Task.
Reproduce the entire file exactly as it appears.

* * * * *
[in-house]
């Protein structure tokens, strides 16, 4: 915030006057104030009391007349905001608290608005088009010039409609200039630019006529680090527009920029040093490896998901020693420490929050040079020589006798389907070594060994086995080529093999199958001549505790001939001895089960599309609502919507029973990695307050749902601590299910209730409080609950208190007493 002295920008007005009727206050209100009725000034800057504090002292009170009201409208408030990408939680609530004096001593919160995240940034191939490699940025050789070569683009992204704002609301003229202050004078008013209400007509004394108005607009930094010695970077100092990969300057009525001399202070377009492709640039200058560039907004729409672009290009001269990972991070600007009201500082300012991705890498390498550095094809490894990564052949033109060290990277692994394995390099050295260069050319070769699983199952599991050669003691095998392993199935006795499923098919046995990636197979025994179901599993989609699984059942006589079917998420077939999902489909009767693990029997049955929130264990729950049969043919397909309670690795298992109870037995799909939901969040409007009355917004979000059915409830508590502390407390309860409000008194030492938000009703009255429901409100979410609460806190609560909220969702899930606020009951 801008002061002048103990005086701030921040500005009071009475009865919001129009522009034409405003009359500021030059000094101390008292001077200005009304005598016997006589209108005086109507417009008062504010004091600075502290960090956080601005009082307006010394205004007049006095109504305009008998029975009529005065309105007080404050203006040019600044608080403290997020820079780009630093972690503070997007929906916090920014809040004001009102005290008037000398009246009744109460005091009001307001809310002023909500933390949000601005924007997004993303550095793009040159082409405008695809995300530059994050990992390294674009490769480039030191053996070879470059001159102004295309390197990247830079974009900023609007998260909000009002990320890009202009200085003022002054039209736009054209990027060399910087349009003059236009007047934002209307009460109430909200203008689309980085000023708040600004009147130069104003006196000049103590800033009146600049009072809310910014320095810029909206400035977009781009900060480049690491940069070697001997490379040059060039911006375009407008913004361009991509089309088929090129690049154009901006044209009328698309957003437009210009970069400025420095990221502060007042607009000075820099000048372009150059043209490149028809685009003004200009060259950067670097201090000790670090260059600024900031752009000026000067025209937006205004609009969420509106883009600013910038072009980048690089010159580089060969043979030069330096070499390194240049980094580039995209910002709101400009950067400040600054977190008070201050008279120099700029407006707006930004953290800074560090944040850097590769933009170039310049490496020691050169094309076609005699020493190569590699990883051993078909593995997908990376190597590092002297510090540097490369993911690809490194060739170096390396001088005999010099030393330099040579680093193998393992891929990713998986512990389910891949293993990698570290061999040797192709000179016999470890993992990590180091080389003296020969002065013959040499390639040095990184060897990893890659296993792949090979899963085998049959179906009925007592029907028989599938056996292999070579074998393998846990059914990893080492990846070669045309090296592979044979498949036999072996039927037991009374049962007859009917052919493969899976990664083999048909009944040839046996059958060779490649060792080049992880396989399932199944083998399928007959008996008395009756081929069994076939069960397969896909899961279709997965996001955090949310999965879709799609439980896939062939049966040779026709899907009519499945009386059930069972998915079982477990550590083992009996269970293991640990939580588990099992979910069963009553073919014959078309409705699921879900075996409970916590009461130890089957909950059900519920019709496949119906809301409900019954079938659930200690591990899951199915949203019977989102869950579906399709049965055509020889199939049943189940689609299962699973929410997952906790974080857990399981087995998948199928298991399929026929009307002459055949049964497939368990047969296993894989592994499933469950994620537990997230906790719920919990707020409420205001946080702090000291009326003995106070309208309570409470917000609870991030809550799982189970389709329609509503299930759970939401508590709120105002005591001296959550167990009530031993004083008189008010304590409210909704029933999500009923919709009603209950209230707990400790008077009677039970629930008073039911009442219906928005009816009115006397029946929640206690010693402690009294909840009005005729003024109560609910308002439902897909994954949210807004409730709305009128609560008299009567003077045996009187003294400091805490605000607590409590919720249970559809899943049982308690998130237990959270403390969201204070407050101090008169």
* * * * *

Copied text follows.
[in-house]
């Protein structure tokens, strides 16, 4: 915030006057104030009391007349905001608290608005088009010039409609200039630019006529680090527009920029040093490896998901020693420490929050040079020589006798389907070594060994086995080529093999199958001549505790001939001895089960599309609502919507029973990695307050749902601590299910209730409080609950208190007493 002295920008007005009727206050209100009725000034800057504090002292009170009201409208408030990408939680609530004096001593919160995240940034191939490699940025050789070569683009992204704002609301003229202050004078008013209400007509004394108005607009930094010695970077100092990969300057009525001399202070377009492709640039200058560039907004729409672009290009001269990972991070600007009201500082300012991705890498390498550095094809490894990564052949033109060290990277692994394995390099050295260069050319070769699983199952599991050669003691095998392993199935006795499923098919046995990636197979025994179901599993989609699984059942006589079917998420077939999902489909009767693990029997049955929130264990729950049969043919397909309670690795298992109870037995799909939901969040409007009355917004979000059915409830508590502390407390309860409000008194030492938000009703009255429901409100979410609460806190609560909220969702899930606020009951 801008002061002048103990005086701030921040500005009071009475009865919001129009522009034409405003009359500021030059000094101390008292001077200005009304005598016997006589209108005086109507417009008062504010004091600075502290960090956080601005009082307006010394205004007049006095109504305009008998029975009529005065309105007080404050203006040019600044608080403290997020820079780009630093972690503070997007929906916090920014809040004001009102005290008037000398009246009744109460005091009001307001809310002023909500933390949000601005924007997004993303550095793009040159082409405008695809995300530059994050990992390294674009490769480039030191053996070879470059001159102004295309390197990247830079974009900023609007998260909000009002990320890009202009200085003022002054039209736009054209990027060399910087349009003059236009007047934002209307009460109430909200203008689309980085000023708040600004009147130069104003006196000049103590800033009146600049009072809310910014320095810029909206400035977009781009900060480049690491940069070697001997490379040059060039911006375009407008913004361009991509089309088929090129690049154009901006044209009328698309957003437009210009970069400025420095990221502060007042607009000075820099000048372009150059043209490149028809685009003004200009060259950067670097201090000790670090260059600024900031752009000026000067025209937006205004609009969420509106883009600013910038072009980048690089010159580089060969043979030069330096070499390194240049980094580039995209910002709101400009950067400040600054977190008070201050008279120099700029407006707006930004953290800074560090944040850097590769933009170039310049490496020691050169094309076609005699020493190569590699990883051993078909593995997908990376190597590092002297510090540097490369993911690809490194060739170096390396001088005999010099030393330099040579680093193998393992891929990713998986512990389910891949293993990698570290061999040797192709000179016999470890993992990590180091080389003296020969002065013959040499390639040095990184060897990893890659296993792949090979899963085998049959179906009925007592029907028989599938056996292999070579074998393998846990059914990893080492990846070669045309090296592979044979498949036999072996039927037991009374049962007859009917052919493969899976990664083999048909009944040839046996059958060779490649060792080049992880396989399932199944083998399928007959008996008395009756081929069994076939069960397969896909899961279709997965996001955090949310999965879709799609439980896939062939049966040779026709899907009519499945009386059930069972998915079982477990550590083992009996269970293991640990939580588990099992979910069963009553073919014959078309409705699921879900075996409970916590009461130890089957909950059900519920019709496949119906809301409900019954079938659930200690591990899951199915949203019977989102869950579906399709049965055509020889199939049943189940689609299962699973929410997952906790974080857990399981087995998948199928298991399929026929009307002459055949049964497939368990047969296993894989592994499933469950994620537990997230906790719920919990707020409420205001946080702090000291009326003995106070309208309570409470917000609870991030809550799982189970389709329609509503299930759970939401508590709120105002005591001296959550167990009530031993004083008189008010304590409210909704029933999500009923919709009603209950209230707990400790008077009677039970629930008073039911009442219906928005009816009115006397029946929640206690010693402690009294909840009005005729003024109560609910308002439902897909994954949210807004409730709305009128609560008299009567003077045996009187003294400091805490605000607590409590919720249970559809899943049982308690998130237990959270403390969201204070407050101090008169």